Docs: http://rdoc.gravitext.com/syncwrap/ Source: http://github.com/dekellum/syncwrap Background: http://gravitext.com/2014/03/20/syncwrap-for-engineers.html More Examples: http://gravitext.com/2014/03/19/provision-programming.html While I've also made a more general introduction on ruby-talk, I think of particular interest here for JRuby users: (1) Unlike some alternatives in this space, SyncWrap is tested and actually runs well on JRuby. (2) I maintain several JRuby applications in production environments, and SyncWrap includes provisioning for an entire "system" JRuby installation with some nice if opinionated refinements. Even if you are not particularly excited about yet-another provisioning/deployment tool, if you have a disposable VM or an Amazon WS account, you might find it interesting to spin up a host and see what it looks like: Just a system JRuby on a local (CentOS or Ubuntu) VM: https://github.com/dekellum/syncwrap/blob/dev/exam... Combine with the following for EC2: https://github.com/dekellum/syncwrap/blob/dev/exam... And with working EC2 setup keys per above, the following deploys the Iyyov process monitor which in turn launches a gem packaged Sinatra app (a Geminabox private gem server), 100% on JRuby: gem install syncwrap curl -O https://github.com/dekellum/syncwrap/raw/dev/test/... syncwrap -C basic:myhost -v Oh and change those jruby 1.7.10 references to 1.7.11 please. Disclaimer: This is Apache licensed software, no warranties, your AWS or other usage and expense is entirely your own responsibility. Deployment tools don't kill people, people kill people. I would greatly appreciate any direct feedback, questions, or pull requests! --David
on 2014-03-24 17:57
on 2014-03-25 07:40
Congrats David, looks really handy ... K.
on 2014-03-25 21:37
Reminds me a little of a tool called Automateit http://automateit.org/which I used a while ago. It was really nice but got abandoned for some reason.
on 2014-03-26 02:36
Thanks to all for taking a look. I was not familiar with Automateit. Thanks for the reference. As a project it looks like it went much farther than SyncWrap has as yet. Python's Fabric, which remains live and well, is evidence of potential viability for SyncWrap: Similar if independent design, functionality, but Ruby developers will prefer to automate in Ruby not Python. I started SyncWrap (1.x) as a set of mixin modules to get some provisioning/deployment reuse, originally under Vlad (rake-remote_task). This kind of worked but was rather ugly, as would any attempt to reimpose class-scope around Rake task Procs! Capistrano didn't work on JRuby at that time, and continues to be headed away from the provisioning problem. SyncWrap 2.x is a structural rewrite and is much improved. As the Background post suggests, I have not been able to humor the complexity and other shortcomings of tools like Chef or Puppet; and I believe I am not the only one. Commonly seen provisioning with Capistrano demonstrates that. SyncWrap is already a better tool for provisioning and with some community interest and collaboration, could also be a better tool for Rails deployments, including JRuby Rails-deployments. --David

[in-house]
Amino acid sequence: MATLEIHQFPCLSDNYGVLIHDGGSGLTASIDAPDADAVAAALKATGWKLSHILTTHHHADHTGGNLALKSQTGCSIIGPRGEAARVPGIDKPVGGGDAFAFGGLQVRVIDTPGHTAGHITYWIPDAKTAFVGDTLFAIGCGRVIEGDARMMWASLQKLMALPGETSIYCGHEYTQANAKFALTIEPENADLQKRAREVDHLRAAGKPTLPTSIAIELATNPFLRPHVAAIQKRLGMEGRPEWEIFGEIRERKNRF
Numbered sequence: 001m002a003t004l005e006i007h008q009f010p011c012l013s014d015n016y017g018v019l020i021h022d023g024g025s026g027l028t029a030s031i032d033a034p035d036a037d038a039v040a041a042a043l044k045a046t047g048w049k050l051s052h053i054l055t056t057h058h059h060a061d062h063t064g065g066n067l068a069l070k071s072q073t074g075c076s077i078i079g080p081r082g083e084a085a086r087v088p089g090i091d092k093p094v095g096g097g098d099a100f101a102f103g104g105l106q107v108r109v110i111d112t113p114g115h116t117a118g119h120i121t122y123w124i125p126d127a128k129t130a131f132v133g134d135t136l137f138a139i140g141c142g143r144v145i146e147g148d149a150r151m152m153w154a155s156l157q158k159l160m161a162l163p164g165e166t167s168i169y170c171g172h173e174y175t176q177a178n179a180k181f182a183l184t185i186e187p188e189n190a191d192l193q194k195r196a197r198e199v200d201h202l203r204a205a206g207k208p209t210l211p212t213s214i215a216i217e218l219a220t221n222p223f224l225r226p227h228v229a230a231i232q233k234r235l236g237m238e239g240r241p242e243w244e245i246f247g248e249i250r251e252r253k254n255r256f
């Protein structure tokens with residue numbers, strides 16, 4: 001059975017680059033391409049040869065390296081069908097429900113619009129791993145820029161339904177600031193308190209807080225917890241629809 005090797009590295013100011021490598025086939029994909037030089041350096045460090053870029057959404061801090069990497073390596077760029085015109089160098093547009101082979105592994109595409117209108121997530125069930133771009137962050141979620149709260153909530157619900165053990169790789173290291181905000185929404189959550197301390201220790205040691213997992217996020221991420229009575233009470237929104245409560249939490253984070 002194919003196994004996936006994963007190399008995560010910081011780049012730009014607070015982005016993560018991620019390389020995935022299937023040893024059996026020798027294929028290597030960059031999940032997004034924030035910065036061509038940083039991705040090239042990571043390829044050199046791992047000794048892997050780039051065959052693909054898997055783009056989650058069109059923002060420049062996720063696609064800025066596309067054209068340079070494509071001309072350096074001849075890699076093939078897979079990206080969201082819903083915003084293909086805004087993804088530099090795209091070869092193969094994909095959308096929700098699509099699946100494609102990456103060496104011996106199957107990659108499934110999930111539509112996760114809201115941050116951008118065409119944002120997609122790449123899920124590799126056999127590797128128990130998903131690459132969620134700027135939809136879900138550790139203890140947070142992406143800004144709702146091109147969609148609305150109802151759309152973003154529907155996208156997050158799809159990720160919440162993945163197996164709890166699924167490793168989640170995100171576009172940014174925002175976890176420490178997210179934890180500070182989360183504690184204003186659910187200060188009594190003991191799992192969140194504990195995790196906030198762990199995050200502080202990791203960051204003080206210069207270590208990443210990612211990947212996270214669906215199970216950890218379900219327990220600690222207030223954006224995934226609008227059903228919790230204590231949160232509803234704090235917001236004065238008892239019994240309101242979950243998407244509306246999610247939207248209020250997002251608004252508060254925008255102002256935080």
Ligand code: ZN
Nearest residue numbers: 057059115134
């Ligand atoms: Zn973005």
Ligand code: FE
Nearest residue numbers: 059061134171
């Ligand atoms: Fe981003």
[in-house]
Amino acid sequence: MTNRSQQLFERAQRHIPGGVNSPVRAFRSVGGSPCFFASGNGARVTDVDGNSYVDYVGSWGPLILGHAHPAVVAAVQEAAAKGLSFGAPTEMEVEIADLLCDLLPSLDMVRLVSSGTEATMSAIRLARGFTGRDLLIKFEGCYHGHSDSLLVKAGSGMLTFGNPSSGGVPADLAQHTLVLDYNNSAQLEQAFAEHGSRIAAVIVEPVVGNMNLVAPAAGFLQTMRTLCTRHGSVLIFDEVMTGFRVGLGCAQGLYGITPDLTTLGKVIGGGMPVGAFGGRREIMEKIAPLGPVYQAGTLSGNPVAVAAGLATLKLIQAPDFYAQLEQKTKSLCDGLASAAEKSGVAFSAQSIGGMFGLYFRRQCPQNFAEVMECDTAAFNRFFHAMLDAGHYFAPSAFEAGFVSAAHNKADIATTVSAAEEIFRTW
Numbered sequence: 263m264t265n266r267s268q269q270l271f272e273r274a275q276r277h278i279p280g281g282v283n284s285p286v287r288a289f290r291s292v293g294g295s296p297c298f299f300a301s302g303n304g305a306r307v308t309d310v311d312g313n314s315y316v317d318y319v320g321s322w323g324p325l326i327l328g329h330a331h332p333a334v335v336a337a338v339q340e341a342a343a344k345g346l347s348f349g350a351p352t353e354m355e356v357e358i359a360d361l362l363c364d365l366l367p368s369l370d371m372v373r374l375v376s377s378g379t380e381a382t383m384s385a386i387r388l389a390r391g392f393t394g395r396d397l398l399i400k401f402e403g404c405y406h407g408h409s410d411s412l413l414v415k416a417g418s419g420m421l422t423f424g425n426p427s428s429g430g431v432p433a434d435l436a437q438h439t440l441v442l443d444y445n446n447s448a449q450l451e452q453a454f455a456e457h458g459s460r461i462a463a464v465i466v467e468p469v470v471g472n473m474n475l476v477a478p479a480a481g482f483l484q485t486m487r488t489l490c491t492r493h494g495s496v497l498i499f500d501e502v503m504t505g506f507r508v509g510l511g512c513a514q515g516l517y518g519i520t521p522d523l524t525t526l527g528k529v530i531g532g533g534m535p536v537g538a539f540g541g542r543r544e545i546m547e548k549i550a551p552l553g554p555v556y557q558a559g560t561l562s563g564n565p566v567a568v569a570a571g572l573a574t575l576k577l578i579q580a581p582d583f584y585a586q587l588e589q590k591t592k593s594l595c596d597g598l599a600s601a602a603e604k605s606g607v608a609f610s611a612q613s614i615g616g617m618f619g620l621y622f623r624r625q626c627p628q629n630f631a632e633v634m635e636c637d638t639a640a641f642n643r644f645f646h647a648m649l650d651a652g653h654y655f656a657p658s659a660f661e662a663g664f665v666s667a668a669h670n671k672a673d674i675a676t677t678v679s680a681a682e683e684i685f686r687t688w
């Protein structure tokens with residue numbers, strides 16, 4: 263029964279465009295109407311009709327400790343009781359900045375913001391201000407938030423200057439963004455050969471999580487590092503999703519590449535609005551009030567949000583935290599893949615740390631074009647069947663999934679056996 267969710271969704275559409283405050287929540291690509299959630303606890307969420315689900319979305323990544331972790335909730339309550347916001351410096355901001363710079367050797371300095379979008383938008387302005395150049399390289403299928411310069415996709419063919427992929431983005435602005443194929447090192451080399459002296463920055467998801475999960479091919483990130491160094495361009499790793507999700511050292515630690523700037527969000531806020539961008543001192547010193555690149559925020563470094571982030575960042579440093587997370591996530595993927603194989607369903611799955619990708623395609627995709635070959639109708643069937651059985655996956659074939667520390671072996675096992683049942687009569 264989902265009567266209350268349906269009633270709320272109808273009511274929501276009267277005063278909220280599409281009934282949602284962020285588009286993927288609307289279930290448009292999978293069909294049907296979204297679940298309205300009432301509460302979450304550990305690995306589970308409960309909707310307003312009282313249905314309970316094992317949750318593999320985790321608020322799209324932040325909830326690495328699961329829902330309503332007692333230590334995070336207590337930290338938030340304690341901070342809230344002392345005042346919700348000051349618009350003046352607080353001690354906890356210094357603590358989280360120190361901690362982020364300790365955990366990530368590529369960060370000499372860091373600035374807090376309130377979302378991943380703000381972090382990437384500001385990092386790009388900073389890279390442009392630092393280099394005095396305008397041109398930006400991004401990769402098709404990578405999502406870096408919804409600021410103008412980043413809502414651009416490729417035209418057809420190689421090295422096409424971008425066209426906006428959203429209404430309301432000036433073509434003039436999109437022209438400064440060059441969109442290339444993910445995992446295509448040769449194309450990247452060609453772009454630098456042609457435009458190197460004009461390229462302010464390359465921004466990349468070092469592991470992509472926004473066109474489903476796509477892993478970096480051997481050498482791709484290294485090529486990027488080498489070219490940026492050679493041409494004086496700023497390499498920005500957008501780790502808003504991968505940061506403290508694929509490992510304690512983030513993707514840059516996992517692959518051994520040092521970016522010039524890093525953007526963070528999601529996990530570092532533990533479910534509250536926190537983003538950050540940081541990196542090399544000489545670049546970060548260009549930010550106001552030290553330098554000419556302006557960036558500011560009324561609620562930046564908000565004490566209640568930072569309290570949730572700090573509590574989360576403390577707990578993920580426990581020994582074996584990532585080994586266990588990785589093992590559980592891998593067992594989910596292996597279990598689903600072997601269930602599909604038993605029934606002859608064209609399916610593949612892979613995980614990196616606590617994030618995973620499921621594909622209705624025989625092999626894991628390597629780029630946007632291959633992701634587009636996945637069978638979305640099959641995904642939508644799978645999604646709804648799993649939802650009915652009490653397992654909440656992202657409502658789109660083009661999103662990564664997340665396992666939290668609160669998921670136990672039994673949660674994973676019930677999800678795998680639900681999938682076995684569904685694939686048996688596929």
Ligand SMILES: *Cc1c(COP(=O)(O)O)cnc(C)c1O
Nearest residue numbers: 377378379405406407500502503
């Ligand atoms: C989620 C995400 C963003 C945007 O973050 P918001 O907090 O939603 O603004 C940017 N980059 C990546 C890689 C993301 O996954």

on 2014-03-26 13:43
I hacked away on Automateit for a bit myself. I kind of used it to roll my own system which worked slightly different but used all the base components of it. It had the same idea as yours which is a linear approach to provisioning. First you do this, then you do that. Each operation was idempotent. You may want to crib some of their code. They used a very object oriented approach and it was really easy to extend it. Having used both puppet and chef I kind of agree with you about the complexity but I guess some of that complexity is needed if you have convoluted dependencies and if you don't want to keep restarting services (delayed processing). Chef especially has become a ball of yarn with knife, test-kitchen, berkshelf or librarian etc. It's powerful but very complex at times. Igal who wrote Automateit ended up being a contributor to both Chef and Puppet if I recall correctly. Anyway congratulations on your project and good luck. It's an interesting field and I for one think there is room for improvement.